7. Kato Unitram Turnout Rolling Stock Tests

    Oh, please watch my video. You are right the R180 radius is rarely an issue for trams designed for R117 or less. The issue in my intersection is that in a ~283mm long torture section in joined turnout curves, trams must successively pass through; diverging points frog 30deg crossing 30deg crossing frog converging points giving plenty of opportunities for power loss, derails, and shorts for a variety of wheel arrangements.
  8. Kato Unitram Turnout Rolling Stock Tests

    Yes, my second model train crossing since Gomez Adams was on TV freaked me out at first trying to fend off the constant Portram crashes. After about 1000 push bumps and side crashes with no evidence of lost parts or scratched paint, I just stopped worrying. Kinetic energy causing damage is proportional to the square of velocity and I am only running 35 to 70 scale km/hr. N Shinkansen speeds or even HO tram speeds would be an issue. Fortunately the collision damage non-issue allows me to concentrate on video shooting and tram herding that concentrates video action and minimizes tedious editing. If I had any interest in electronics I guess I could automate the traffic, but I just don’t.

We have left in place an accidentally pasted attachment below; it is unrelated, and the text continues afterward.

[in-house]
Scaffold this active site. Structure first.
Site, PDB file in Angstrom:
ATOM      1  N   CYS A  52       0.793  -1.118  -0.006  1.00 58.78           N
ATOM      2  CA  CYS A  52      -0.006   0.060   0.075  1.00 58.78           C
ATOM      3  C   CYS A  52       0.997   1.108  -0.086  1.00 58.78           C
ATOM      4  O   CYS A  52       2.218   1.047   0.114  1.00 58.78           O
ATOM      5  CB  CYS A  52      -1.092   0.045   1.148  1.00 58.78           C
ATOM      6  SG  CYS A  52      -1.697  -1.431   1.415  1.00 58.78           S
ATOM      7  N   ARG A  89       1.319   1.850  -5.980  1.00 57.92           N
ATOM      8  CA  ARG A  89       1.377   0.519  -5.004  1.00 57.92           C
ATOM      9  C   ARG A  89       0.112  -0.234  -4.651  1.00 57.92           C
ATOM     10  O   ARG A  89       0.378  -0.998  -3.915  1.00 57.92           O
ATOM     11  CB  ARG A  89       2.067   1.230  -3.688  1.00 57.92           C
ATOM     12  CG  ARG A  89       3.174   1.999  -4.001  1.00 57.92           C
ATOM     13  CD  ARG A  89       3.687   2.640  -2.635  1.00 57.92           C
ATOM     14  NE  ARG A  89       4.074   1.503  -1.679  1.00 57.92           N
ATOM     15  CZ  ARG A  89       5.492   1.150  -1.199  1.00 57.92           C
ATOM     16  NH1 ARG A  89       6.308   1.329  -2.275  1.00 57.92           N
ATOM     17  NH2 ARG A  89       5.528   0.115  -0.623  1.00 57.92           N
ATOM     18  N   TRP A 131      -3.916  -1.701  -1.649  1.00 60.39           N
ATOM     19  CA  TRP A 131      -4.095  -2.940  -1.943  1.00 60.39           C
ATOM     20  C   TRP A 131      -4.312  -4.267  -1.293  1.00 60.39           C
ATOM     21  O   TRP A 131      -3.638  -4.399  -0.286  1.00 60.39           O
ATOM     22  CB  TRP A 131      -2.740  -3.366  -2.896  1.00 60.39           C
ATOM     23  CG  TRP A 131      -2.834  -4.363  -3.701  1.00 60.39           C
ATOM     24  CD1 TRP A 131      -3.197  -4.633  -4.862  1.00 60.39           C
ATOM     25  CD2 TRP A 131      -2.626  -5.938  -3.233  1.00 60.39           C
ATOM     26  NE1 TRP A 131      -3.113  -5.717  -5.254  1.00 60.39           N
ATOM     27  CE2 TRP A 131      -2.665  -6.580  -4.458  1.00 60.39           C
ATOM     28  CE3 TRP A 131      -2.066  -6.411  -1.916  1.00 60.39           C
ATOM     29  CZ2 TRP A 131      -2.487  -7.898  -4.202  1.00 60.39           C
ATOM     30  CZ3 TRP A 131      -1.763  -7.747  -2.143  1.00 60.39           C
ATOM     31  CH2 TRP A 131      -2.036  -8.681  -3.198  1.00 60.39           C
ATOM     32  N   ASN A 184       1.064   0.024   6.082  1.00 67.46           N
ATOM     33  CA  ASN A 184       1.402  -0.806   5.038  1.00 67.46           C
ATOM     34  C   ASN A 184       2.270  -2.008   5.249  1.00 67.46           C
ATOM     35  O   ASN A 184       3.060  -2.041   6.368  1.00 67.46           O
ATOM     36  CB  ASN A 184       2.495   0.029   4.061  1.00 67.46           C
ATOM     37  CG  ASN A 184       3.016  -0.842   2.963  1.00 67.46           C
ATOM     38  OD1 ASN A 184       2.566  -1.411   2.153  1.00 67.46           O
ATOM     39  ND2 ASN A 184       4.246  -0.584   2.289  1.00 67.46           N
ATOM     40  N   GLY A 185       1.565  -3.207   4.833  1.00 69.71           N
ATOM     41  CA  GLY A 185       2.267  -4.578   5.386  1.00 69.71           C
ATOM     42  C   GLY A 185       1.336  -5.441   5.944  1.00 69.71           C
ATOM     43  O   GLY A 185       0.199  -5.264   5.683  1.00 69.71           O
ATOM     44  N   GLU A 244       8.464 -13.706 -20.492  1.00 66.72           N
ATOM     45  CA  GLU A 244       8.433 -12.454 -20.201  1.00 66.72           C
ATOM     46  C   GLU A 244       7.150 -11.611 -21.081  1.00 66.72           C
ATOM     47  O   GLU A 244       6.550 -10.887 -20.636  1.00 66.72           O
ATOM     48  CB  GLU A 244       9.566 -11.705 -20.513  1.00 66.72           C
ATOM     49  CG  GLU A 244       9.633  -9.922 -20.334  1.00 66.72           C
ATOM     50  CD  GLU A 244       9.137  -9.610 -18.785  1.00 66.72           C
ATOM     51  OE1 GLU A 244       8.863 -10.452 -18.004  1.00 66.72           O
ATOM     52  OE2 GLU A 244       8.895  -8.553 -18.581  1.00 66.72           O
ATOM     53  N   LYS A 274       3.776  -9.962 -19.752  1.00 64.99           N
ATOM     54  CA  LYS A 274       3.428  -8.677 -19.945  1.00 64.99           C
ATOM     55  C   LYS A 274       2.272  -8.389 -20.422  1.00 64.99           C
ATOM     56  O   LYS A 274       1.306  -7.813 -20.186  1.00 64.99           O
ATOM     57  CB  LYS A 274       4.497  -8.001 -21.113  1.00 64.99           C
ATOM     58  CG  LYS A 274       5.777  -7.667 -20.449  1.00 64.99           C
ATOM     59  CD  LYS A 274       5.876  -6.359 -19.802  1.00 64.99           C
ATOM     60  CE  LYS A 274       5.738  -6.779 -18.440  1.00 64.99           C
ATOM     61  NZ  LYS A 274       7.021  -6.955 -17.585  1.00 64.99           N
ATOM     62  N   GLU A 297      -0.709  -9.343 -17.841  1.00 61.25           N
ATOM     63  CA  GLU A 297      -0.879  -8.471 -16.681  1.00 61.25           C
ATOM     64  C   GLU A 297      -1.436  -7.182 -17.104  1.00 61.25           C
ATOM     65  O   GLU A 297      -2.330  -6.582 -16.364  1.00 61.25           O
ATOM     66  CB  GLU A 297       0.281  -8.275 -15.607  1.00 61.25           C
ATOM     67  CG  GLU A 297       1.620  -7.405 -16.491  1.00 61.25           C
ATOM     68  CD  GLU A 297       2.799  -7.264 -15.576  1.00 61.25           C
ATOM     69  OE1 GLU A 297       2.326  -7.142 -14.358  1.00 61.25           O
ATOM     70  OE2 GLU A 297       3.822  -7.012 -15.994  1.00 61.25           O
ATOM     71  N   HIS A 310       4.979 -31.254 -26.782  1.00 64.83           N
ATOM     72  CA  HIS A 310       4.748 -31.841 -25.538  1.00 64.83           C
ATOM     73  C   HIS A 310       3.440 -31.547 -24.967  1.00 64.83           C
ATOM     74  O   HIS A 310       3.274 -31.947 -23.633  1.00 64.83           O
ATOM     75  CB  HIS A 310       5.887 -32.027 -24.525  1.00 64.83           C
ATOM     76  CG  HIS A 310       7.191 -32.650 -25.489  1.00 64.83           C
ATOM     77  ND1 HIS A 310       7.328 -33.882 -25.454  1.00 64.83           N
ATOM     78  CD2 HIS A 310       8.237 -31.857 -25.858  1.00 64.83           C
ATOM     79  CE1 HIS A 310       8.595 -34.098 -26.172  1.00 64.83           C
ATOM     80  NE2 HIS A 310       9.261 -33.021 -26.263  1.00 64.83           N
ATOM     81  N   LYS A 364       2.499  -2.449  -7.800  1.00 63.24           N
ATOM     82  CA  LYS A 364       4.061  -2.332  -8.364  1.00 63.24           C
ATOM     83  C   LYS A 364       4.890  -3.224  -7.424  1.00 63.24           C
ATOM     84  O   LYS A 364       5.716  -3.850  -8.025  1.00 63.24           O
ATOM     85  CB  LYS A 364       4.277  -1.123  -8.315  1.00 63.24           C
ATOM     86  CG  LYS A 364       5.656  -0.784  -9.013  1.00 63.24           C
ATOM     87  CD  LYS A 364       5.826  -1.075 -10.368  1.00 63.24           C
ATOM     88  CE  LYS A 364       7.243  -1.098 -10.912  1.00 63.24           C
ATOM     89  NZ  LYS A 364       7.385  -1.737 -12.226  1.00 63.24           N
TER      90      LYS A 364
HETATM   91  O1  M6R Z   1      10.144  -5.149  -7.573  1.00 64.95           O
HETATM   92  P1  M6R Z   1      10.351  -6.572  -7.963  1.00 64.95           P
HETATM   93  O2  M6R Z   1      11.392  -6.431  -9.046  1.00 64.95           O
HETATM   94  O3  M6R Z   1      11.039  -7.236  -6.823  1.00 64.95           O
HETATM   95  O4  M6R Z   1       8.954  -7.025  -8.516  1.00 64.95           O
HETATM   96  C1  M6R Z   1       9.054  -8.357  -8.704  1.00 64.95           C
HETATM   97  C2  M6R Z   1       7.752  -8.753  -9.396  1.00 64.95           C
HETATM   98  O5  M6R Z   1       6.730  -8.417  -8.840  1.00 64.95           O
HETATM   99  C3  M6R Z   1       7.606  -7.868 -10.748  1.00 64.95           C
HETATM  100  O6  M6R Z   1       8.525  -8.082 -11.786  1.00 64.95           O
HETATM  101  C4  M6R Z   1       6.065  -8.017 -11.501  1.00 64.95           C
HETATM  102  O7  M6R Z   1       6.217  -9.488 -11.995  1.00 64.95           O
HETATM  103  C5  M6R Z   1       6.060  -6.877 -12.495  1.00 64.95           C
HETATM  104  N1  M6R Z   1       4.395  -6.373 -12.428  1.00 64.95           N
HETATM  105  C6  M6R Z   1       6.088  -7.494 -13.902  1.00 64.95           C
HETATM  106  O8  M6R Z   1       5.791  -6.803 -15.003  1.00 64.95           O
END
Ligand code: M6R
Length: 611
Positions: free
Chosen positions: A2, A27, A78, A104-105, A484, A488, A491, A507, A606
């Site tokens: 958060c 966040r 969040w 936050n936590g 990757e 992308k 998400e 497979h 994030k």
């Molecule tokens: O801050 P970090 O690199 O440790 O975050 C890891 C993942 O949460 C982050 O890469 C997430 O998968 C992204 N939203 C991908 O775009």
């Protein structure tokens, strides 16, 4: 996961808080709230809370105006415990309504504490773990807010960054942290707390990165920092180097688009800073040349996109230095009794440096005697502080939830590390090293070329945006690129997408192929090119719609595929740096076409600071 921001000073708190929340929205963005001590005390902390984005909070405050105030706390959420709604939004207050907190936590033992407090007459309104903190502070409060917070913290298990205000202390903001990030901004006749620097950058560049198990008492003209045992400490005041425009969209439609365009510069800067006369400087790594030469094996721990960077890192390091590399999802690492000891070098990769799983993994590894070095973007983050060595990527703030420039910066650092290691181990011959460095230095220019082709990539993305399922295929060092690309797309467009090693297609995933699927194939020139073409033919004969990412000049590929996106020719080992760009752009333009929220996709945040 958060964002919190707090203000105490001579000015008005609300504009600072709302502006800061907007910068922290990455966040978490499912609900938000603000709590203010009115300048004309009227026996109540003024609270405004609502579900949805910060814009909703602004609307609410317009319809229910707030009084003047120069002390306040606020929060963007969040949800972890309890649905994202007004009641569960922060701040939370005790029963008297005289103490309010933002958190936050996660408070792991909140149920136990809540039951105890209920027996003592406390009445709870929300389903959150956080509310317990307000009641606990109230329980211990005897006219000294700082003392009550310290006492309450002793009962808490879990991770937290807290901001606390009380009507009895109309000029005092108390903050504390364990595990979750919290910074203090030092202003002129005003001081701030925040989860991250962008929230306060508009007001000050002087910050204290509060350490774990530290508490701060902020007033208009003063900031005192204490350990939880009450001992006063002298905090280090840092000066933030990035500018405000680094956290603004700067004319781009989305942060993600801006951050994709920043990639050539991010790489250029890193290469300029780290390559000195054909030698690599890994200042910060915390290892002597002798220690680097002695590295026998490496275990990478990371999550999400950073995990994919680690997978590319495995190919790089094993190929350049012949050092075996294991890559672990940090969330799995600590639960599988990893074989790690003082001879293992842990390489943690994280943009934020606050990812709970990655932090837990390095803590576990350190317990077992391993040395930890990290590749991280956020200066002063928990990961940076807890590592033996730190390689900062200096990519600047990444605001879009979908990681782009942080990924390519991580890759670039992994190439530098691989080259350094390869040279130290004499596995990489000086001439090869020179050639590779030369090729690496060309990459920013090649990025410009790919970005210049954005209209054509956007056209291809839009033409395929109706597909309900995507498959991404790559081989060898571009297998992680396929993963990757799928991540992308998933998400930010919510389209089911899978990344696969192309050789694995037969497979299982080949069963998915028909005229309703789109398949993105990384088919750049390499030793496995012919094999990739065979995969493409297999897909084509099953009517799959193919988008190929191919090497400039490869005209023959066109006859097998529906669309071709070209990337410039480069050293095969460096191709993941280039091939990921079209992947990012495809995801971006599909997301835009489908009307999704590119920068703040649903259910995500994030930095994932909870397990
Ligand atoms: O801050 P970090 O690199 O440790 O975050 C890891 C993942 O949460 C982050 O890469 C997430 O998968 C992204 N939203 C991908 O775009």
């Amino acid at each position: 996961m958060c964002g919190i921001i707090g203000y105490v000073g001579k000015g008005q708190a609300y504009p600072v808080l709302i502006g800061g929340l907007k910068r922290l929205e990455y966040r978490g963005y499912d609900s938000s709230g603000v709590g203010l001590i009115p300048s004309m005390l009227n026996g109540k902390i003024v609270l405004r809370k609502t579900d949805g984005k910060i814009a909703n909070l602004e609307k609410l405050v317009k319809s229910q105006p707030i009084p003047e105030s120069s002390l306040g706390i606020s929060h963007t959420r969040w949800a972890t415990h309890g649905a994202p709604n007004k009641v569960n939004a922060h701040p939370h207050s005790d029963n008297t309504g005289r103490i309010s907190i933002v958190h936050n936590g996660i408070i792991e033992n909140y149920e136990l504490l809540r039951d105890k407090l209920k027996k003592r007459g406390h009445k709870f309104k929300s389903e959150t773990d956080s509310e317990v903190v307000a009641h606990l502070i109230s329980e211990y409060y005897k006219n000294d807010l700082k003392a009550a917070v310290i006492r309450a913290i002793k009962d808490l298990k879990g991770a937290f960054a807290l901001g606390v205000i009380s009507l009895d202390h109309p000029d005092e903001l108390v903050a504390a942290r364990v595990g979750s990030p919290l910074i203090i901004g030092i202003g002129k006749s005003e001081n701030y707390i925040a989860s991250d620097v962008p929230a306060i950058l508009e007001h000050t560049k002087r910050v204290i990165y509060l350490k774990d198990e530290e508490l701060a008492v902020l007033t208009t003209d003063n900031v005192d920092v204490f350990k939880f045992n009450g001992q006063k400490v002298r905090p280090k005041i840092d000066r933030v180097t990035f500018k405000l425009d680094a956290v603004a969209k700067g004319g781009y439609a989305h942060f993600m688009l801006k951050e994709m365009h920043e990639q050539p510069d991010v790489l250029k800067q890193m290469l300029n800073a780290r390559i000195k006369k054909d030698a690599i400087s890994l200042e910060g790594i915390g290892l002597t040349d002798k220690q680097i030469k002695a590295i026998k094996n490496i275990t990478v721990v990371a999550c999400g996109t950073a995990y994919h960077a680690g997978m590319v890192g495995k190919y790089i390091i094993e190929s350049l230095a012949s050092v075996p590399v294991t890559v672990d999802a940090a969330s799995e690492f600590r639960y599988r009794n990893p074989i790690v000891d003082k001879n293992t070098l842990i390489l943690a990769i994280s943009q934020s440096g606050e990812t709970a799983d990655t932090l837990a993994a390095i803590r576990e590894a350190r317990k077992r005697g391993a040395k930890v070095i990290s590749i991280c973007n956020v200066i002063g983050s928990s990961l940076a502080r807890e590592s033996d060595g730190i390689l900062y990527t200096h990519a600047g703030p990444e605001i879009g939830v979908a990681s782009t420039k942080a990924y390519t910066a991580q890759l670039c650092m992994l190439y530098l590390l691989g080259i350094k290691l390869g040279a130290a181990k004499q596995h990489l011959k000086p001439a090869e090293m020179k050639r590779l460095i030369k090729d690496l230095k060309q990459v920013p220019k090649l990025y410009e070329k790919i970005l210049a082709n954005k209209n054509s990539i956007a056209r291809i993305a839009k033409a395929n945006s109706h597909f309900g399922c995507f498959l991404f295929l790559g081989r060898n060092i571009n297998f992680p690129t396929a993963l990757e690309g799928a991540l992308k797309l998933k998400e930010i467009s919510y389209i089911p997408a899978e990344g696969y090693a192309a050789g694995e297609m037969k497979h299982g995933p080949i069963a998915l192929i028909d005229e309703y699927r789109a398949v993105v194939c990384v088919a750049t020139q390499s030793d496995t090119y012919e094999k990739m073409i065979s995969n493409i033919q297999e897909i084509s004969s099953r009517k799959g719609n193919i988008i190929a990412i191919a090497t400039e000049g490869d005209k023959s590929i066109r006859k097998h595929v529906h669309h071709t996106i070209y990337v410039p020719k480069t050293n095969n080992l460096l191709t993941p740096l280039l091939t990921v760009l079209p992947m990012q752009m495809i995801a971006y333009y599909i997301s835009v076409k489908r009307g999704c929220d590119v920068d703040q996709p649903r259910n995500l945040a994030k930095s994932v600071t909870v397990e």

9. Rolling stock performance on Unitram (especially through turnouts) seems like a good discussion topic to start (or restart) on jnsforum. I have started looking into this in depth to better understand the tradeoffs in completing my large Japanese Unitram (plus elevated heavy rail and subway) layout. I have a new video of my small n-gauge model tram test layout. Focus is on a complex crossing with Kato Unitram turnouts and how well various articulated trams run on it. I will do more like this with vintage trams and loco-hauled street-running freight. Please enjoy, comment, and share on YouTube as well as here!
  10. US Style Unitram

    I have two Kato V60 North American sets as well as all of their Japanese sets. In order to create a modular street track and road plate system with as few as possible molded parts, Kato made many design choices and compromises (such as the narrowing of the turn lane discussed above). The two different track widths (25mm & 33mm) for the 45deg curves was another strange and interesting choice. Surprisingly, after setting up many Japanese trackplans, I now greatly appreciate Kato’s cleverness in these choices and compromises. Many of the Kato choices were necessary in order to create a void-free system with accurate street printing. Competitor Tomytek’s system is geometrically more simplistic, creating voids and avoiding printing. However this allows Tomytek more flexibility for the experienced modeler and for parallel running of busses. I think the V60 is also very good, given Kato’s choice of ~post-1980 North American street markings (versus ~1950) and their constraint of changing only the printing on the Japanese molded parts. Some accuracy compromises are necessary in locating the specially-molded North American traffic lights, parking meters, posts, newspaper stands, etc... into the provided holes. I am hoping for North American versions of some of the most necessary extension sets or parts. I am also hoping for some North American trams. I have a You Tube video on my V60: KATO UNITRAM V60 Accessorized